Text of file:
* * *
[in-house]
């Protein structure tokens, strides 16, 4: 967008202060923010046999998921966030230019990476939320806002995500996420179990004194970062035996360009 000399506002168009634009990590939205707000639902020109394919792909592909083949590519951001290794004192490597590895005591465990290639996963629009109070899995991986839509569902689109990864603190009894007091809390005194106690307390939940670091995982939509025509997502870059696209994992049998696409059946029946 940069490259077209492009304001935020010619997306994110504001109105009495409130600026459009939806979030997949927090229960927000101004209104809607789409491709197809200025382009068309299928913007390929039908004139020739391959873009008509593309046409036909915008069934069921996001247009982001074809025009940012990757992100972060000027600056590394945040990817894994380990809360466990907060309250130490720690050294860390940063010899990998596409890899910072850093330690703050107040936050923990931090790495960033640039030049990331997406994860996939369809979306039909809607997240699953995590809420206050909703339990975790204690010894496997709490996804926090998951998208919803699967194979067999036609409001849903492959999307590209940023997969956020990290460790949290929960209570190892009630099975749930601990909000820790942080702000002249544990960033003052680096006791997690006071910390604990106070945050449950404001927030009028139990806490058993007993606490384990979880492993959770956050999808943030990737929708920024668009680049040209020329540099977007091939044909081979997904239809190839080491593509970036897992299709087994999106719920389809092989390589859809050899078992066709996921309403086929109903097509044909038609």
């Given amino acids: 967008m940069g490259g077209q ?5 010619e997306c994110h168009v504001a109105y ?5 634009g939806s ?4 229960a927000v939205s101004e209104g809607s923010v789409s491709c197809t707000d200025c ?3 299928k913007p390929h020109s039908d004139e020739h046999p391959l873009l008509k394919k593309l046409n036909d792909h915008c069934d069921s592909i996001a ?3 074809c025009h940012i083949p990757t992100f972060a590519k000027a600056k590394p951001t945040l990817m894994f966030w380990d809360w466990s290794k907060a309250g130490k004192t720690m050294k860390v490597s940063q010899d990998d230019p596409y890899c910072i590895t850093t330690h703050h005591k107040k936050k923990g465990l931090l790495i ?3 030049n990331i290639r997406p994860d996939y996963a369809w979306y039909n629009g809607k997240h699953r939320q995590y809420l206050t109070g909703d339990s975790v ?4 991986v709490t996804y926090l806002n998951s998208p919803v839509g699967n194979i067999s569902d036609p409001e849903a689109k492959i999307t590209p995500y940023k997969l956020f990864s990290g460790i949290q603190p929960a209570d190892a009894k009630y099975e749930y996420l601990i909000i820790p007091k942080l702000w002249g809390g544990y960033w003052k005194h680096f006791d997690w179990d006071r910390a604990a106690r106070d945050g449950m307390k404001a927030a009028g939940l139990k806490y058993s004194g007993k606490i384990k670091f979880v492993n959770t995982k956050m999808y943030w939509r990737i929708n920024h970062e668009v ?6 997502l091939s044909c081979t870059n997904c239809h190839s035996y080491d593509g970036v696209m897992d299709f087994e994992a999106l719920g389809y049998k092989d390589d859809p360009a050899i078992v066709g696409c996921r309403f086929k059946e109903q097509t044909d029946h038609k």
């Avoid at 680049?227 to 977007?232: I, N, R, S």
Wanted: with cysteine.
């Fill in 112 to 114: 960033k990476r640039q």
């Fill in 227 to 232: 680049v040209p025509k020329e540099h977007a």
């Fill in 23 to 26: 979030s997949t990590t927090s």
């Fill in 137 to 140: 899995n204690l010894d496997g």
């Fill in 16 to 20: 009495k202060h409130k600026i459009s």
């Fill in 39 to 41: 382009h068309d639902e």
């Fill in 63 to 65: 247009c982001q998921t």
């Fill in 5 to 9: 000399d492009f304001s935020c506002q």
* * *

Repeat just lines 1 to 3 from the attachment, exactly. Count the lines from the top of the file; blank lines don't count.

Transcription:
[in-house]
């Protein structure tokens, strides 16, 4: 967008202060923010046999998921966030230019990476939320806002995500996420179990004194970062035996360009 000399506002168009634009990590939205707000639902020109394919792909592909083949590519951001290794004192490597590895005591465990290639996963629009109070899995991986839509569902689109990864603190009894007091809390005194106690307390939940670091995982939509025509997502870059696209994992049998696409059946029946 940069490259077209492009304001935020010619997306994110504001109105009495409130600026459009939806979030997949927090229960927000101004209104809607789409491709197809200025382009068309299928913007390929039908004139020739391959873009008509593309046409036909915008069934069921996001247009982001074809025009940012990757992100972060000027600056590394945040990817894994380990809360466990907060309250130490720690050294860390940063010899990998596409890899910072850093330690703050107040936050923990931090790495960033640039030049990331997406994860996939369809979306039909809607997240699953995590809420206050909703339990975790204690010894496997709490996804926090998951998208919803699967194979067999036609409001849903492959999307590209940023997969956020990290460790949290929960209570190892009630099975749930601990909000820790942080702000002249544990960033003052680096006791997690006071910390604990106070945050449950404001927030009028139990806490058993007993606490384990979880492993959770956050999808943030990737929708920024668009680049040209020329540099977007091939044909081979997904239809190839080491593509970036897992299709087994999106719920389809092989390589859809050899078992066709996921309403086929109903097509044909038609």
């Given amino acids: 967008m940069g490259g077209q ?5 010619e997306c994110h168009v504001a109105y ?5 634009g939806s ?4 229960a927000v939205s101004e209104g809607s923010v789409s491709c197809t707000d200025c ?3 299928k913007p390929h020109s039908d004139e020739h046999p391959l873009l008509k394919k593309l046409n036909d792909h915008c069934d069921s592909i996001a ?3 074809c025009h940012i083949p990757t992100f972060a590519k000027a600056k590394p951001t945040l990817m894994f966030w380990d809360w466990s290794k907060a309250g130490k004192t720690m050294k860390v490597s940063q010899d990998d230019p596409y890899c910072i590895t850093t330690h703050h005591k107040k936050k923990g465990l931090l790495i ?3 030049n990331i290639r997406p994860d996939y996963a369809w979306y039909n629009g809607k997240h699953r939320q995590y809420l206050t109070g909703d339990s975790v ?4 991986v709490t996804y926090l806002n998951s998208p919803v839509g699967n194979i067999s569902d036609p409001e849903a689109k492959i999307t590209p995500y940023k997969l956020f990864s990290g460790i949290q603190p929960a209570d190892a009894k009630y099975e749930y996420l601990i909000i820790p007091k942080l702000w002249g809390g544990y960033w003052k005194h680096f006791d997690w179990d006071r910390a604990a106690r106070d945050g449950m307390k404001a927030a009028g939940l139990k806490y058993s004194g007993k606490i384990k670091f979880v492993n959770t995982k956050m999808y943030w939509r990737i929708n920024h970062e668009v ?6 997502l091939s044909c081979t870059n997904c239809h190839s035996y080491d593509g970036v696209m897992d299709f087994e994992a999106l719920g389809y049998k092989d390589d859809p360009a050899i078992v066709g696409c996921r309403f086929k059946e109903q097509t044909d029946h038609k």